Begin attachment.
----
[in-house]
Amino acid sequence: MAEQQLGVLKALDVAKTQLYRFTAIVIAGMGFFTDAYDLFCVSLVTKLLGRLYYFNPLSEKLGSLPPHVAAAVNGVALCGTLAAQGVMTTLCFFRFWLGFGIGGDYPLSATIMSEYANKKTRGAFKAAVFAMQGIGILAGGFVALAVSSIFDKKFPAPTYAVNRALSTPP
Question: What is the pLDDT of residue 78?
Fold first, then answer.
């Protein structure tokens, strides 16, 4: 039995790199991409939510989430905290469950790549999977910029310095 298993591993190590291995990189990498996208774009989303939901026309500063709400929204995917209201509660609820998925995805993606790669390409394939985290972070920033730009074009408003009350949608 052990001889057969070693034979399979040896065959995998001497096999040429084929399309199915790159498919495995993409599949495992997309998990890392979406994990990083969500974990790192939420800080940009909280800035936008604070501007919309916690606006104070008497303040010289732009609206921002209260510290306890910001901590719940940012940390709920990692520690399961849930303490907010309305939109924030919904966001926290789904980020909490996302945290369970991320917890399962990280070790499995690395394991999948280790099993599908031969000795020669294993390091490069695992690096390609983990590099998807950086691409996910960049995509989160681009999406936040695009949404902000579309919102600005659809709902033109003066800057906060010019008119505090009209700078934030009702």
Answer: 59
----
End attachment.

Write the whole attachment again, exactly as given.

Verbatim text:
[in-house]
Amino acid sequence: MAEQQLGVLKALDVAKTQLYRFTAIVIAGMGFFTDAYDLFCVSLVTKLLGRLYYFNPLSEKLGSLPPHVAAAVNGVALCGTLAAQGVMTTLCFFRFWLGFGIGGDYPLSATIMSEYANKKTRGAFKAAVFAMQGIGILAGGFVALAVSSIFDKKFPAPTYAVNRALSTPP
Question: What is the pLDDT of residue 78?
Fold first, then answer.
């Protein structure tokens, strides 16, 4: 039995790199991409939510989430905290469950790549999977910029310095 298993591993190590291995990189990498996208774009989303939901026309500063709400929204995917209201509660609820998925995805993606790669390409394939985290972070920033730009074009408003009350949608 052990001889057969070693034979399979040896065959995998001497096999040429084929399309199915790159498919495995993409599949495992997309998990890392979406994990990083969500974990790192939420800080940009909280800035936008604070501007919309916690606006104070008497303040010289732009609206921002209260510290306890910001901590719940940012940390709920990692520690399961849930303490907010309305939109924030919904966001926290789904980020909490996302945290369970991320917890399962990280070790499995690395394991999948280790099993599908031969000795020669294993390091490069695992690096390609983990590099998807950086691409996910960049995509989160681009999406936040695009949404902000579309919102600005659809709902033109003066800057906060010019008119505090009209700078934030009702």
Answer: 59